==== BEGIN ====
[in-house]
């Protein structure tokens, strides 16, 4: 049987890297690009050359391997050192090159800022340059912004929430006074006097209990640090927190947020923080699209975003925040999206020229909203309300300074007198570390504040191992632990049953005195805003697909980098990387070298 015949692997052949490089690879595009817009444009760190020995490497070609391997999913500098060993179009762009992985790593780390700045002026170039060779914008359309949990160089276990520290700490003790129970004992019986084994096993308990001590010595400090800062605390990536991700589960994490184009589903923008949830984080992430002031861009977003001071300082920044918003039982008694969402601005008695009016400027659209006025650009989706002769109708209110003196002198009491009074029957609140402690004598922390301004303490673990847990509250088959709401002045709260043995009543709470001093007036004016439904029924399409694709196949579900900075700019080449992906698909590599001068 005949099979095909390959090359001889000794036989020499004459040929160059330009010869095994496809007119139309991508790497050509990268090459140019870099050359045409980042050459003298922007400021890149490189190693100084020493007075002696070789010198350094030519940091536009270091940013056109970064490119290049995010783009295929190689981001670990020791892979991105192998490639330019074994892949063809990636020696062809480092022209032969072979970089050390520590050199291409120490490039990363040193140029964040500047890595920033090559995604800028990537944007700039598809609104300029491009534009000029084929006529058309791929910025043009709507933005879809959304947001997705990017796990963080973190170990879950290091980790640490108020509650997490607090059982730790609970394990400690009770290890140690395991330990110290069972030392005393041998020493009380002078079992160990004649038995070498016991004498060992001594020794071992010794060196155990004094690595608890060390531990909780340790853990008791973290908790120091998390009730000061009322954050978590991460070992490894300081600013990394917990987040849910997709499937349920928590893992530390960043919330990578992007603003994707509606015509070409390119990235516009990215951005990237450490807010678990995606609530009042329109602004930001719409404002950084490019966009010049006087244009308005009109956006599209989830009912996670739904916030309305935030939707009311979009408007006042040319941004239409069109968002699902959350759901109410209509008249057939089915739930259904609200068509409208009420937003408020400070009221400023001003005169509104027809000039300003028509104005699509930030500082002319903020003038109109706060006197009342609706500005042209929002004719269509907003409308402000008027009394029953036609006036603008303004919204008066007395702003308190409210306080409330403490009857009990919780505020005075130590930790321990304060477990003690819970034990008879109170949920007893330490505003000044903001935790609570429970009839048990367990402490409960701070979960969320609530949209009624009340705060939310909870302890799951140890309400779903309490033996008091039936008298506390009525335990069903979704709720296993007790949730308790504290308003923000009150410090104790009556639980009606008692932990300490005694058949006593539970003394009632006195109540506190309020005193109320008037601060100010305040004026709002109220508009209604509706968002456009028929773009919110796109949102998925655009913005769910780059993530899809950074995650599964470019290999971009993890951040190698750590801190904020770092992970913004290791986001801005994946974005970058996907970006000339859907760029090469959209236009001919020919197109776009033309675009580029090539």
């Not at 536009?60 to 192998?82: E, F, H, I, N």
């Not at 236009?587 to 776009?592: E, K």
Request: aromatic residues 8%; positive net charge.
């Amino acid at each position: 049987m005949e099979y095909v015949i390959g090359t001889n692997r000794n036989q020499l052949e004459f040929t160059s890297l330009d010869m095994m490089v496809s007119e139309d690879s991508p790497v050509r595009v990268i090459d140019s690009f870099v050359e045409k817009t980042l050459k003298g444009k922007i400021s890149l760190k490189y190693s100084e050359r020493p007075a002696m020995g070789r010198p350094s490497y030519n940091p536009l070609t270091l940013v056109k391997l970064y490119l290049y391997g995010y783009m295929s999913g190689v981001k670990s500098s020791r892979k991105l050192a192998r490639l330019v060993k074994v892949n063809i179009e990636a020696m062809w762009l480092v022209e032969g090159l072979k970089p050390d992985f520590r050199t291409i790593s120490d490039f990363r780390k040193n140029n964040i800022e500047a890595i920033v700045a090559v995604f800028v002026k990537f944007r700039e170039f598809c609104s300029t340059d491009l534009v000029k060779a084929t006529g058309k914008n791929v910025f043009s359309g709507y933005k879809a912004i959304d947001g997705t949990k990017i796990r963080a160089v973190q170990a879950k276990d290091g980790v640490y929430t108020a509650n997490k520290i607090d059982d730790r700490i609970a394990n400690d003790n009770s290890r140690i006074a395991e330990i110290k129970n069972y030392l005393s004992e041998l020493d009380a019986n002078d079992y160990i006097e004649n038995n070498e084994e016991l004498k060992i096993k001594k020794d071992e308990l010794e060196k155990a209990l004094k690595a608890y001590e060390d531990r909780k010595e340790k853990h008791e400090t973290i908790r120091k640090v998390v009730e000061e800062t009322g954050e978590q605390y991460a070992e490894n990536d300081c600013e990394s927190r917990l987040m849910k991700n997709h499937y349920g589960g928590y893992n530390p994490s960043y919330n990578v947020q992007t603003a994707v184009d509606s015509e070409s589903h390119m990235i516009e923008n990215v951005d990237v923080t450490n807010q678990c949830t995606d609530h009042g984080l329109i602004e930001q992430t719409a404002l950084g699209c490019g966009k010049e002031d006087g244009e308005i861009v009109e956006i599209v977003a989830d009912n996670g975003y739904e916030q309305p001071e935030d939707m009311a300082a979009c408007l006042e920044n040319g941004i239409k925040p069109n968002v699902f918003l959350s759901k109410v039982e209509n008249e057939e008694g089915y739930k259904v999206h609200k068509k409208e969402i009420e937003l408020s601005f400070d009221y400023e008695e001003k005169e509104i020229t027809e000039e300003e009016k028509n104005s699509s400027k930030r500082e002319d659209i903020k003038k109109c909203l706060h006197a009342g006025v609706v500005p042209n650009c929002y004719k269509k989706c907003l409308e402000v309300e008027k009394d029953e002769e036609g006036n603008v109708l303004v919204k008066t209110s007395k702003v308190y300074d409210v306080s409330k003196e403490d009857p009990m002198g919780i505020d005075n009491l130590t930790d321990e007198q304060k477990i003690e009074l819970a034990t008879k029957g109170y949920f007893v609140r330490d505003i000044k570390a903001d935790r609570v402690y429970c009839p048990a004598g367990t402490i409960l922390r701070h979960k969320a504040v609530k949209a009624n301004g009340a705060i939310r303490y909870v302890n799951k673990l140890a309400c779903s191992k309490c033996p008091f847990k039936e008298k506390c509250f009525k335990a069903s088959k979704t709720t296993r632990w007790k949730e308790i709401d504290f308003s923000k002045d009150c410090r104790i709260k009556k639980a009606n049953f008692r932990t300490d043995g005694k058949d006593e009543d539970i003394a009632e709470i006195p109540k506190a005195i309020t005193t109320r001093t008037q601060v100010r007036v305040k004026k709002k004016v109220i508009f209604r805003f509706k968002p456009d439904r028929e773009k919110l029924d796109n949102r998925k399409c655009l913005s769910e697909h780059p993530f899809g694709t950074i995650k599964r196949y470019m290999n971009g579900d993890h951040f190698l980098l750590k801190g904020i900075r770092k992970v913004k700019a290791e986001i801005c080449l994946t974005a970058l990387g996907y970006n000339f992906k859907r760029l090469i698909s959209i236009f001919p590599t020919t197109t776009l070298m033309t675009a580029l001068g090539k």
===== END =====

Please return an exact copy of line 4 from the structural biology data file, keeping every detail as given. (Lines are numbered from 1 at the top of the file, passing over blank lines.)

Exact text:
């Not at 236009?587 to 776009?592: E, K």